There’s little I like better than a release day, and I am so glad Nancy Bilyeau decided to celebrate hers here. For one thing, Nancy’s debut novel is a historical mystery, and I know from your emails and comments that there are many fans of the genre. For another, I will be at Nancy’s first ever book signing at Barnes & Noble on the Upper West Side Thursday night. If you live in the area, and would like to come out, it’s a chance to say hello to a Made It Moment-er! But if you can’t come, don’t despair. Just leave a comment below and you’ll be entered to win a signed copy of Nancy’s new historical thriller. Good luck to all, and congratulations, Nancy, on this exciting day!
When I opened the padded envelope sent by my editor and pulled from it my hardcover book, that was a moment. I ran my hands across the smooth cover, awestruck that this ravishing gold-and-burgundy book had MY name on it.
My journey to publishing a novel is a long one, though I knew I wanted to be a writer when I was eight years old. My third grade teacher liked a report I wrote on our field trip so much that she made a sign saying, “Have you heard of Nancy Bilyeau, the famous writer?” and hung it on the wall. I was a rabid bookworm, with a special love for historical fiction and mysteries. I even announced to a high school teacher that I wanted to write novels.
But at the University of Michigan I swerved toward journalism. I became a reporter and then managing editor of The Michigan Daily newspaper. I took classes in English Literature, but reading—and admiring—F Scott Fitzgerald, Ernest Hemingway and T.S. Elliott didn’t make me think I was on the path of becoming a novelist myself. Fiction aspirations moved into a past tense love, like horses.
Out of college I took a job at a tiny Florida newspaper, editing obits and tide charts and “Neighbor of the Week.” After I moved north, I plunged into the magazine business. All my energy went into moving up the ranks at places like Rolling Stone and Good Housekeeping. I worked long hours—and New York City was so expensive, I took freelance work on the side to help pay the rent. After I married and had two children there wasn’t a moment to breathe, much less create fiction.
But encouraged by my husband, I climbed the stairs to the apartment of a writer named Rosemarie Santini who led a fiction workshop every Monday night. I announced I loved English history and wanted to write something set in the 16th century—a mystery perhaps. My first pages were not good. But I kept at it. Later I took online classes at Gotham Writers Workshop. I decided to make my story a thriller, and loved nothing more than losing myself in research.
Time was the problem. I used vacations to work on my book; on weekends I stole a couple of hours here and there and toted my laptop to Starbucks. It wasn’t enough, though, and I began getting up at 5 a.m. and writing until I had to wake up the kids at 7 a.m. By this time I’d been working on my novel for five years. I was desperate to finish it, but didn’t have any idea if I could get an agent or sell my book. I also felt torn. My son has special needs and I worried that the last thing I should be doing was devoting energy to my own creative pursuits. What kind of mother stumbled around with her head in Tudor England?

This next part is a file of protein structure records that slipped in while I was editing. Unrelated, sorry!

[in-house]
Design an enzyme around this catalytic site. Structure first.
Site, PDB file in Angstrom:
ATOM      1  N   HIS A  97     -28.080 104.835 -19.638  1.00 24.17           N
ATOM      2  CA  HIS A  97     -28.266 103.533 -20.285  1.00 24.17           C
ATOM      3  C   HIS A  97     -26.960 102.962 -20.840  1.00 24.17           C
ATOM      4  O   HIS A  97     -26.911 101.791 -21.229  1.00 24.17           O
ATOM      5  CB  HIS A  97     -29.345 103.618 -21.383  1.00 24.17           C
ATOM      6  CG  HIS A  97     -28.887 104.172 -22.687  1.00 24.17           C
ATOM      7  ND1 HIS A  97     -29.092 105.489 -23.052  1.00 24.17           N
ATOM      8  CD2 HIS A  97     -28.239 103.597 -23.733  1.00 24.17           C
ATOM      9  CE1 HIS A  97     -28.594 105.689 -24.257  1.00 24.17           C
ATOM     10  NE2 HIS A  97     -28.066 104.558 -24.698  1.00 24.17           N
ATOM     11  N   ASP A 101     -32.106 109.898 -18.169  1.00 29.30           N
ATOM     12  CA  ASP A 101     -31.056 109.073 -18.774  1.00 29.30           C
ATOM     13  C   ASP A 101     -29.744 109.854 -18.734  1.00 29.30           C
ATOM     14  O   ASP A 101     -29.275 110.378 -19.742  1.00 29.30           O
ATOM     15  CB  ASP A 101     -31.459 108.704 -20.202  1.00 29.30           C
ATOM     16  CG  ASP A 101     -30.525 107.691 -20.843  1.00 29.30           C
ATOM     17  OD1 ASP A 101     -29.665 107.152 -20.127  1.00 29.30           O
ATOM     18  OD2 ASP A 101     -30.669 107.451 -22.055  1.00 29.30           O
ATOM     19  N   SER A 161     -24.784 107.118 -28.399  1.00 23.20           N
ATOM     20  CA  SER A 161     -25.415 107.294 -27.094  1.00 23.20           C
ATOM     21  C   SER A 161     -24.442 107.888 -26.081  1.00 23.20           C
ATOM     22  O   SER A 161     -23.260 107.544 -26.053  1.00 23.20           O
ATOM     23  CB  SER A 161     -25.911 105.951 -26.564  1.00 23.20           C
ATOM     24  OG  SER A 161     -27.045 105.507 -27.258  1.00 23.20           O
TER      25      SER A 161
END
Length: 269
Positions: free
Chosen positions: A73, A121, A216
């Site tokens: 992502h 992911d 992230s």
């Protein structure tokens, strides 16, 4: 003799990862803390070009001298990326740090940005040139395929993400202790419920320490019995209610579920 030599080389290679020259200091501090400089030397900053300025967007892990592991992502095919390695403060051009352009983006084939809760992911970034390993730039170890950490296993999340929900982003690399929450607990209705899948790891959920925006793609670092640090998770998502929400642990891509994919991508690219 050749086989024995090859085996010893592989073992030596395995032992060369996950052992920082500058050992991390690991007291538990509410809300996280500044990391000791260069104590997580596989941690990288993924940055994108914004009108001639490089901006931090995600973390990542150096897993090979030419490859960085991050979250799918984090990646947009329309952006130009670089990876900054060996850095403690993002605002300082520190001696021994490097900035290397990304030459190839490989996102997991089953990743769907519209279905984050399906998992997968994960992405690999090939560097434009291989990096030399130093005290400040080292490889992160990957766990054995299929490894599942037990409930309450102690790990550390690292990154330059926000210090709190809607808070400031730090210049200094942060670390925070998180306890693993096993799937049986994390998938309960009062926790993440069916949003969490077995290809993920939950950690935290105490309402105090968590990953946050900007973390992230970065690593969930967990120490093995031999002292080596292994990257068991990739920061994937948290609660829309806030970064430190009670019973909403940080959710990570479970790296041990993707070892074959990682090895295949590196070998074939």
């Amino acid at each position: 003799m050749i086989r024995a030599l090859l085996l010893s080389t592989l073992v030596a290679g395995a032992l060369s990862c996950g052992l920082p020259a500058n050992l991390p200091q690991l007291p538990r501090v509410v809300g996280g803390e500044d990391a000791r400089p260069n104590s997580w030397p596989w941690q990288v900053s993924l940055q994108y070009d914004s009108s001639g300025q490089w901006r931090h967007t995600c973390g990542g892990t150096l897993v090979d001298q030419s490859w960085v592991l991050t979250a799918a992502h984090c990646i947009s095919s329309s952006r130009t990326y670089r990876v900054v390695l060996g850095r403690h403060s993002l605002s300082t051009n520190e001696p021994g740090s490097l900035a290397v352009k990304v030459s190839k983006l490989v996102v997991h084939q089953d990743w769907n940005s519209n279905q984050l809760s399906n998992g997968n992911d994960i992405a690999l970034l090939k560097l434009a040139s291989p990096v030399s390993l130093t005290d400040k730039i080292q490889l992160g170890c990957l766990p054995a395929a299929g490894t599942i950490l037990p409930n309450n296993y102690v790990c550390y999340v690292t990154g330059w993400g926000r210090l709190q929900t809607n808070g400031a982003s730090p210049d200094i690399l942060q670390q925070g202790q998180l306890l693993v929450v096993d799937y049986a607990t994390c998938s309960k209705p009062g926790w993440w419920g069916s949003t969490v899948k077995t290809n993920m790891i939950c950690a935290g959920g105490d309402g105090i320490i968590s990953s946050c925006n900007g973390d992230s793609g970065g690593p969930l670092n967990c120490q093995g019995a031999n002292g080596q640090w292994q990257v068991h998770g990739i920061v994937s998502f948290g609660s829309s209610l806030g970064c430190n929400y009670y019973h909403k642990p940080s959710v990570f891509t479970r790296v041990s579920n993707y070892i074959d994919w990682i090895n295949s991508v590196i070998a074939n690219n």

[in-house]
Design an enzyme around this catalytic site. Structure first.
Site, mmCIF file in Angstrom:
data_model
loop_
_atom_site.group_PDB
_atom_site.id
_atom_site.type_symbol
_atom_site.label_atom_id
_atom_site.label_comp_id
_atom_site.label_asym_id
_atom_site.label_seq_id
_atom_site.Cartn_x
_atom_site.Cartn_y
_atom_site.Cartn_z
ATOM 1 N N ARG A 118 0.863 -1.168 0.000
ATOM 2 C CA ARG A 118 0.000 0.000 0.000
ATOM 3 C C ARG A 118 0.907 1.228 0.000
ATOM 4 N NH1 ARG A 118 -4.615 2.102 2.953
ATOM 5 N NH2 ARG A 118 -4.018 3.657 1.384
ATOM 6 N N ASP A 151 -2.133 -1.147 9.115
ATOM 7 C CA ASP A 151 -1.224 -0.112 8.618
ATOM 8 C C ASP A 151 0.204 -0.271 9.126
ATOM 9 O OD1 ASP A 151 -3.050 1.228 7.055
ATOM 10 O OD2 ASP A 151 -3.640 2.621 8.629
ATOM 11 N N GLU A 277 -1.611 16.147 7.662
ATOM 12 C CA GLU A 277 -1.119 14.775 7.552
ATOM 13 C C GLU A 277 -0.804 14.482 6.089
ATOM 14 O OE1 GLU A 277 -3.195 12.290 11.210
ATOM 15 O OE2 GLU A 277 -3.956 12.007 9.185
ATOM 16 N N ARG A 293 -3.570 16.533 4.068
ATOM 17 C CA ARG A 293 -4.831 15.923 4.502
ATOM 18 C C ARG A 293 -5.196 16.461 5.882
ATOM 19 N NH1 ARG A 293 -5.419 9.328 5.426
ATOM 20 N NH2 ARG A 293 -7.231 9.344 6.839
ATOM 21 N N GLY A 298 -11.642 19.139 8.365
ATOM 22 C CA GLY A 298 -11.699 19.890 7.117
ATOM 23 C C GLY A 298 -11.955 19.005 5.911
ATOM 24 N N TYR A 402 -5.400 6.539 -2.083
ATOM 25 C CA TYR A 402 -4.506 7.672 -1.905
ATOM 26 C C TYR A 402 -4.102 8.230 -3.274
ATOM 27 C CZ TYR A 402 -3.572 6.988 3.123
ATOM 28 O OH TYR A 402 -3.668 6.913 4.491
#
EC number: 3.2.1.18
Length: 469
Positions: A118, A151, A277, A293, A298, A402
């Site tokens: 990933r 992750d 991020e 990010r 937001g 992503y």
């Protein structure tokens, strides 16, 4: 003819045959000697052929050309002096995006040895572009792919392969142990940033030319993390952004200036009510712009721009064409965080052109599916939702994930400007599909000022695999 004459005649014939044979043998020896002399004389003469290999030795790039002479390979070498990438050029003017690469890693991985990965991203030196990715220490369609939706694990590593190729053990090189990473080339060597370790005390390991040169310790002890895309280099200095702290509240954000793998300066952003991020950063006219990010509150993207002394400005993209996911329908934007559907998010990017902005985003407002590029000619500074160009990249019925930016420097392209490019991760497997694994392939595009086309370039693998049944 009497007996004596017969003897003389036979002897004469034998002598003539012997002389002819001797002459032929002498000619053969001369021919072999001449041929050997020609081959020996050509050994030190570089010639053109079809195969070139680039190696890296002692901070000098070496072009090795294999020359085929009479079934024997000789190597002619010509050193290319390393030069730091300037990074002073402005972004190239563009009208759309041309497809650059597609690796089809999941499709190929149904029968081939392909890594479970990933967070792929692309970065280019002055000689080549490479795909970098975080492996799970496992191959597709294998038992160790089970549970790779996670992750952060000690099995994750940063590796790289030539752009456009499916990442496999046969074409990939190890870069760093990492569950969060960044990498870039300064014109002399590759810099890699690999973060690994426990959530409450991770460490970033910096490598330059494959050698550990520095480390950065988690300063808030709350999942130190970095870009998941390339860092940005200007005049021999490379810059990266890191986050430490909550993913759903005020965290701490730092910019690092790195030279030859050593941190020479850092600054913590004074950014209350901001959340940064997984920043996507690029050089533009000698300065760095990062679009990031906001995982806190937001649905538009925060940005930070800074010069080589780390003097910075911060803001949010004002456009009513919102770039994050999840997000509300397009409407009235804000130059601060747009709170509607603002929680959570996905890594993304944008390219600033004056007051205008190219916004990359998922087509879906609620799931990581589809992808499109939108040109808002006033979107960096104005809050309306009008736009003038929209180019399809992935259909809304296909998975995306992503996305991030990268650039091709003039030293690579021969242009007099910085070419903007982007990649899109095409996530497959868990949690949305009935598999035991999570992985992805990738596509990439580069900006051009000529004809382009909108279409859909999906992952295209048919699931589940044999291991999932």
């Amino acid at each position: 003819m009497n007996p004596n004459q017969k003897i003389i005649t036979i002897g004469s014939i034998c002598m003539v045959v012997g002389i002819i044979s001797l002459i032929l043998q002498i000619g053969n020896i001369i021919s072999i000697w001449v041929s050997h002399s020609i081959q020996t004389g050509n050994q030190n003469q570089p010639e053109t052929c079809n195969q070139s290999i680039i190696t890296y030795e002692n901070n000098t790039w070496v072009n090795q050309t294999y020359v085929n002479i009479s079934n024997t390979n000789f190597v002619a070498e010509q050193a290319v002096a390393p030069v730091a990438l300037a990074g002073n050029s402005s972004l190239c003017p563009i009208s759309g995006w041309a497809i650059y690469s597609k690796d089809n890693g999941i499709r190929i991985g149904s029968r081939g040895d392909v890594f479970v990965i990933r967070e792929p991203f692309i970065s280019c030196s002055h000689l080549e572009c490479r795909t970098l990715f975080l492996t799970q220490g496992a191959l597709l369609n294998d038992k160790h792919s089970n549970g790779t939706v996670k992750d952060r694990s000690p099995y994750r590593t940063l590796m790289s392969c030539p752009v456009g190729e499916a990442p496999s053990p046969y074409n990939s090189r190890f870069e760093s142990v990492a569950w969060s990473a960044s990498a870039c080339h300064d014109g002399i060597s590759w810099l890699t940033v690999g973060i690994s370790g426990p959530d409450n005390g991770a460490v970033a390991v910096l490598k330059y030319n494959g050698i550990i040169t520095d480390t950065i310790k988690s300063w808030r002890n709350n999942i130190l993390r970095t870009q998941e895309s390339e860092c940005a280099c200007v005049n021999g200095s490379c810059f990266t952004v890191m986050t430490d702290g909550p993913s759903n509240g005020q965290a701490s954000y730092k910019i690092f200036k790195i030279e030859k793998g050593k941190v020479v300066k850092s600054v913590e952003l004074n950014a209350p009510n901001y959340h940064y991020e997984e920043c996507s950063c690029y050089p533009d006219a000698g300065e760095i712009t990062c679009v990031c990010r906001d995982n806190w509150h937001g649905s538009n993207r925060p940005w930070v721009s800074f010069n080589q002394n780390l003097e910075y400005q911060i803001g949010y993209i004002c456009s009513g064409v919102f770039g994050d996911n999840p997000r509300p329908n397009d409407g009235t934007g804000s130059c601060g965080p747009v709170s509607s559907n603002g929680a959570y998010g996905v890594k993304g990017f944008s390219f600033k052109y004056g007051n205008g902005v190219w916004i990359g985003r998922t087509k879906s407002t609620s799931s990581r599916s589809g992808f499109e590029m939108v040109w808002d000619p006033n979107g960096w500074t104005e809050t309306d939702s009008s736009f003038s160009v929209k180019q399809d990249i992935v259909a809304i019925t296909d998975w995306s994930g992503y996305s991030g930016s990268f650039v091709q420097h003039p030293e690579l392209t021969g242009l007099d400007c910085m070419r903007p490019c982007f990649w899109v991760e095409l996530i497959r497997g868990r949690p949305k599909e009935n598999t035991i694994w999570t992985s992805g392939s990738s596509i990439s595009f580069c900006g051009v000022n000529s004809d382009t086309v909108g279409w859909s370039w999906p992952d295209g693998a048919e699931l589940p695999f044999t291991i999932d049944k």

I’d gone so far, and my dreams of being published were so fierce, I determined I just had to finish this book. I decided to set my birthday, June 16, 2010, as the deadline. I told my husband, “I won’t be able to look myself in the mirror if I don’t do this.” I was really scared that it would all be for nothing. I kept reminding myself, “Nobody asked you to write this!”
The first two agents I queried said no. But the third said yes. He loved my manuscript—historical thrillers are his thing, with Tudor England a favorite setting—and sold it in an auction to Touchstone/Simon&Schuster.
Eighteen months later, The Crown has gone on sale. Sometimes I can’t believe it, that all the doubts in my head turned out to be wrong. It definitely makes all those dark 5 a.m. writing sessions very much worth it!
Nancy Bilyeau has worked on the staffs of Rolling Stone, Entertainment Weekly, and Good Housekeeping. Most recently she served as deputy editor at InStyle magazine. Her screenplays have placed in several prominent industry competitions. Two scripts reached the semi-finalist round of the Nicholl Fellowships of the Academy of Motion Pictures Arts and Sciences. Her screenplay “Loving Marys” reached the finalist stage with Page International Screenwriting Awards and Scriptapalooza. A native of the Midwest, she earned a bachelor’s degree from the University of Michigan. The Crown is her first novel.
Some earlier milestones: In 1661, Nancy’s ancestor, Pierre Billiou, emigrated from France to what was then New Amsterdam when he and his family sailed on the St. Jean de Baptiste to escape persecution for their Protestant beliefs. Pierre built the first stone house on Staten Island and is considered the borough’s founder. His little white house is on the national register of historic homes and is still standing to this day.
Nancy lives in New York City with her husband and two children.